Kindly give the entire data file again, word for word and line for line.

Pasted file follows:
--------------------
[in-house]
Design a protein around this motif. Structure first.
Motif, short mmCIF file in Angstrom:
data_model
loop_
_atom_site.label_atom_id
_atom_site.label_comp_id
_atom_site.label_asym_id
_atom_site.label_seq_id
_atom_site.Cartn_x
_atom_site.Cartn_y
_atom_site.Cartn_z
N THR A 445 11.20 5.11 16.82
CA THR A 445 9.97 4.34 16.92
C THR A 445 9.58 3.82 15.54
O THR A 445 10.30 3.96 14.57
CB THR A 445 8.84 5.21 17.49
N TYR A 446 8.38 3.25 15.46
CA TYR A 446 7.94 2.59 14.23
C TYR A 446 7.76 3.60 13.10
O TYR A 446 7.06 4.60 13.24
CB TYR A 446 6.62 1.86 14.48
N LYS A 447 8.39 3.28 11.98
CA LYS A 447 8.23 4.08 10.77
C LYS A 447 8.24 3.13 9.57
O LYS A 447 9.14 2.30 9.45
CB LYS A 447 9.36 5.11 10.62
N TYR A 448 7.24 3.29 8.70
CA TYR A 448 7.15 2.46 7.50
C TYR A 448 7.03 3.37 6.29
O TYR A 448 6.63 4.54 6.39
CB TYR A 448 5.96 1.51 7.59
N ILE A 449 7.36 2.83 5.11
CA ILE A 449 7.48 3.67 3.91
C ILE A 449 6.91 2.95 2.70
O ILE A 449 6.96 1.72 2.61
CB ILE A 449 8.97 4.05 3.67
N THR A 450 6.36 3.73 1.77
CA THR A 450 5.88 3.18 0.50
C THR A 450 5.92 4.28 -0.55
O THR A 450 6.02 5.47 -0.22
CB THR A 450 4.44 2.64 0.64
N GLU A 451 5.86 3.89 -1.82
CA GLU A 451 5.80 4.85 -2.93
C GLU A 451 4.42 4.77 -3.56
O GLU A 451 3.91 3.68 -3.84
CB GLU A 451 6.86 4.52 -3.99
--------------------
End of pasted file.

[in-house]
Design a protein around this motif. Structure first.
Motif, short mmCIF file in Angstrom:
data_model
loop_
_atom_site.label_atom_id
_atom_site.label_comp_id
_atom_site.label_asym_id
_atom_site.label_seq_id
_atom_site.Cartn_x
_atom_site.Cartn_y
_atom_site.Cartn_z
N THR A 445 11.20 5.11 16.82
CA THR A 445 9.97 4.34 16.92
C THR A 445 9.58 3.82 15.54
O THR A 445 10.30 3.96 14.57
CB THR A 445 8.84 5.21 17.49
N TYR A 446 8.38 3.25 15.46
CA TYR A 446 7.94 2.59 14.23
C TYR A 446 7.76 3.60 13.10
O TYR A 446 7.06 4.60 13.24
CB TYR A 446 6.62 1.86 14.48
N LYS A 447 8.39 3.28 11.98
CA LYS A 447 8.23 4.08 10.77
C LYS A 447 8.24 3.13 9.57
O LYS A 447 9.14 2.30 9.45
CB LYS A 447 9.36 5.11 10.62
N TYR A 448 7.24 3.29 8.70
CA TYR A 448 7.15 2.46 7.50
C TYR A 448 7.03 3.37 6.29
O TYR A 448 6.63 4.54 6.39
CB TYR A 448 5.96 1.51 7.59
N ILE A 449 7.36 2.83 5.11
CA ILE A 449 7.48 3.67 3.91
C ILE A 449 6.91 2.95 2.70
O ILE A 449 6.96 1.72 2.61
CB ILE A 449 8.97 4.05 3.67
N THR A 450 6.36 3.73 1.77
CA THR A 450 5.88 3.18 0.50
C THR A 450 5.92 4.28 -0.55
O THR A 450 6.02 5.47 -0.22
CB THR A 450 4.44 2.64 0.64
N GLU A 451 5.86 3.89 -1.82
CA GLU A 451 5.80 4.85 -2.93
C GLU A 451 4.42 4.77 -3.56
O GLU A 451 3.91 3.68 -3.84
CB GLU A 451 6.86 4.52 -3.99